Entry 36: Papercraft
I have always loved to create art, and more specifically, I have a greater appreciation for small art because of the skill that is required to make it. Take this video below as an example.
I have been working in papercraft/origami since I was in middle school. Back then, my favorite origami was a frog, because it could "jump" about two lengths of its size if it was made out of a full sheet of letter paper. If you made it out of credit card size piece of paper, however, the smaller size had greater tension, which allowed the frog to "jump" over 30 lengths of its size.
During college, I created a papercraft polar bear for my student advisor because he loved polar bears (he even donates to a polar bear website). Since he loved my gift so much, he was willing to gift me with his LEGO Star Wars Star Destroyer that was collecting dust at his house.
In addition to my love of creating things, Minecraft was a perfect fit for me. It wasn't until it was released on Xbox 360 that I finally purchased it. I also was subscribed to Achievement Hunter at the same time when they started playing it, so that, in turn, inspired me to create this project.
I downloaded most of these templates from planetminecraft.com and edited a few of them with Photoshop. I printed them with an Epson printer on Double-Weight Matte paper, which is considerably thicker than regular computer sheet paper. Because of its thickness, I had to use several tools and special techniques that I have developed over the years to create well-crafted papercraft art.
The supplies I used are as followed: a fine-tip pair of scissors for precise cutting, a dull blade from multifunction pliers to score the edges, regular school-grade glue, a pointed clay-carving tool (a paperclip or toothpick would also suffice), a pair of tweezers for applying good pressure, and, of course, a penny for size reference.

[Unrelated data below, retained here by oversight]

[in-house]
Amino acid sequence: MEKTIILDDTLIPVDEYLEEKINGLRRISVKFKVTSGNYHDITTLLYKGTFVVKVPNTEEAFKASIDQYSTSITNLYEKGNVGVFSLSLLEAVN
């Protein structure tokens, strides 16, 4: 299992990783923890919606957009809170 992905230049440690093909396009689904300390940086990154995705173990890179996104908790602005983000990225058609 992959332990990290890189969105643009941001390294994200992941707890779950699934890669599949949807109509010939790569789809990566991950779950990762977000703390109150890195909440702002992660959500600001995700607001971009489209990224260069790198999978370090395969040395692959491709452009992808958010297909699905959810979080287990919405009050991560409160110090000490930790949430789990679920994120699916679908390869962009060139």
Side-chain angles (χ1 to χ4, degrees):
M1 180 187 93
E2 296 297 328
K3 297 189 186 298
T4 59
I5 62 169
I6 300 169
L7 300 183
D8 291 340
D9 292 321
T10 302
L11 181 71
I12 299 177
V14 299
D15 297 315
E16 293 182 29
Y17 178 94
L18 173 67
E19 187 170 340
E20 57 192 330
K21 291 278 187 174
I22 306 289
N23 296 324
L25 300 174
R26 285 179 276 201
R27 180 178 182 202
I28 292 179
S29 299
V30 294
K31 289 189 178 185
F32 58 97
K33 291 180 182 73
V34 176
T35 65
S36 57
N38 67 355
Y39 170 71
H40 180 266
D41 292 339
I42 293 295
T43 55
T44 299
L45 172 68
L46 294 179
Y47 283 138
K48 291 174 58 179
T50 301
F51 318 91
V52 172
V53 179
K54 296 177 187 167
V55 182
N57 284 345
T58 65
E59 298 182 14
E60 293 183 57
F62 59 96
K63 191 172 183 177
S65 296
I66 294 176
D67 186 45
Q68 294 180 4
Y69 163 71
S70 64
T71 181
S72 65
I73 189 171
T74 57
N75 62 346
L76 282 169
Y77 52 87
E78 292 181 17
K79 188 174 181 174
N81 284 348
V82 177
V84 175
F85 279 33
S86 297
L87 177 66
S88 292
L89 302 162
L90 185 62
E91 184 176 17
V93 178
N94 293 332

The whole process of one of these Minecraft-inspired papercrafts takes about an hour from start to finish. I filmed the entire process of one papercrafts with a point-and-shoot camera that was propped with a two-legged tripod (it's a long story).
Afterwards, I edited the video in PowerDirector 11 Deluxe, which is a decent program that allowed me to speed up parts of the video and add cations throughout. I would love to have used Final Cut Pro for the editing, but I can't justify that cost for the amount of times I would use it. The timecode I used was from mediacollege.com.
I used music from Free Music Archive, which is a great site filled with talented musicians who allow their work to be downloaded free for creative projects. The song I used is called "Readers! Do You Read?" by Chris Zabriskie. I have used his music in a lot of my videos, including this video below.
The gallery of each Minecraft character I created can be found in my Miscellaneous Projects. My next Minecraft-related project involves recreating a 1:1 scale of my college, which so far I have built a part of the library.